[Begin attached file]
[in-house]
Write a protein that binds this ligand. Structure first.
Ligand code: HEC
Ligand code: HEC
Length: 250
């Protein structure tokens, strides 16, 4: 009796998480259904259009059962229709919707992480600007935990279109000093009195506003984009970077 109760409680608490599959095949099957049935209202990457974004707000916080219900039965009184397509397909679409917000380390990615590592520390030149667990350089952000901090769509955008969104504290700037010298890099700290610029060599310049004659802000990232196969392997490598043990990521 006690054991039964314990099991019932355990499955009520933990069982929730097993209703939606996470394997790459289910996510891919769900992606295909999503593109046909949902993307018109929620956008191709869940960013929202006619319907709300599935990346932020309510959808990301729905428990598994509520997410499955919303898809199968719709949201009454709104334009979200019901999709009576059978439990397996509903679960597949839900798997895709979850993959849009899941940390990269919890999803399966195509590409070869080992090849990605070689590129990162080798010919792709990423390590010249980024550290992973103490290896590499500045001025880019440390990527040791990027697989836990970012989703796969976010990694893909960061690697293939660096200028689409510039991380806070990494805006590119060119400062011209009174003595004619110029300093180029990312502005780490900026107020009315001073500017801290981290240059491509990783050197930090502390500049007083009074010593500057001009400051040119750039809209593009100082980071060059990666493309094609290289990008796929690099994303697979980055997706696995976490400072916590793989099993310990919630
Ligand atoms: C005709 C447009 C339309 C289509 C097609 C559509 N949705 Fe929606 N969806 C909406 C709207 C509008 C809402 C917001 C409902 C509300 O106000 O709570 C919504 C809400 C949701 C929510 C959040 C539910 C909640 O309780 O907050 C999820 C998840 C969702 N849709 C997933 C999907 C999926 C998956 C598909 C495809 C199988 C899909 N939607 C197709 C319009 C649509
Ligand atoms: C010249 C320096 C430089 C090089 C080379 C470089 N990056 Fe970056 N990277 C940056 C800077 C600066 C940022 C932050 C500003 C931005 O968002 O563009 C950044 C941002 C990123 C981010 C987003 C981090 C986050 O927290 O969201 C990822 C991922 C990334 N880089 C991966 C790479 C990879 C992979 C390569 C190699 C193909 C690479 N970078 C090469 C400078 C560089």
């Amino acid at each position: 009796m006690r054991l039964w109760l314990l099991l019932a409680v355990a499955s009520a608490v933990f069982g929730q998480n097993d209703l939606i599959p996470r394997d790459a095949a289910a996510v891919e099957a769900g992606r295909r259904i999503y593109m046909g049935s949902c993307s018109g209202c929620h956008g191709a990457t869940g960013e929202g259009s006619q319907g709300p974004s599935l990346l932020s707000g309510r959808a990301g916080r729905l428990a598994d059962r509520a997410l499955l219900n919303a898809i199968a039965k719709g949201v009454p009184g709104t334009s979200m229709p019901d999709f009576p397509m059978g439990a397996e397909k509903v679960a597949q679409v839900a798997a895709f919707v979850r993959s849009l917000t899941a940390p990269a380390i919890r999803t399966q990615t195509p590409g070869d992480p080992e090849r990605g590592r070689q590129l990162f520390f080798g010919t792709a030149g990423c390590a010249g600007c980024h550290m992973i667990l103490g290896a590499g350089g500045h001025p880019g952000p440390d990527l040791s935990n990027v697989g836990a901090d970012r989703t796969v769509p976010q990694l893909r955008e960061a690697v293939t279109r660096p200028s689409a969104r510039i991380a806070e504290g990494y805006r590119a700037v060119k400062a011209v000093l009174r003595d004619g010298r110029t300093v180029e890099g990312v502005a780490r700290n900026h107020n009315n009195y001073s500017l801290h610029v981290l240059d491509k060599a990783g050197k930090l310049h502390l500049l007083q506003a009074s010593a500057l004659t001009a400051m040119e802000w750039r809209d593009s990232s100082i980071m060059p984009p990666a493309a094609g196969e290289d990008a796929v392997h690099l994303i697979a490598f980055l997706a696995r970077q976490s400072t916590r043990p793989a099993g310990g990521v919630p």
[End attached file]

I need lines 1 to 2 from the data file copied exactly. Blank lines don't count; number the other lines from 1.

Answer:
[in-house]
Write a protein that binds this ligand. Structure first.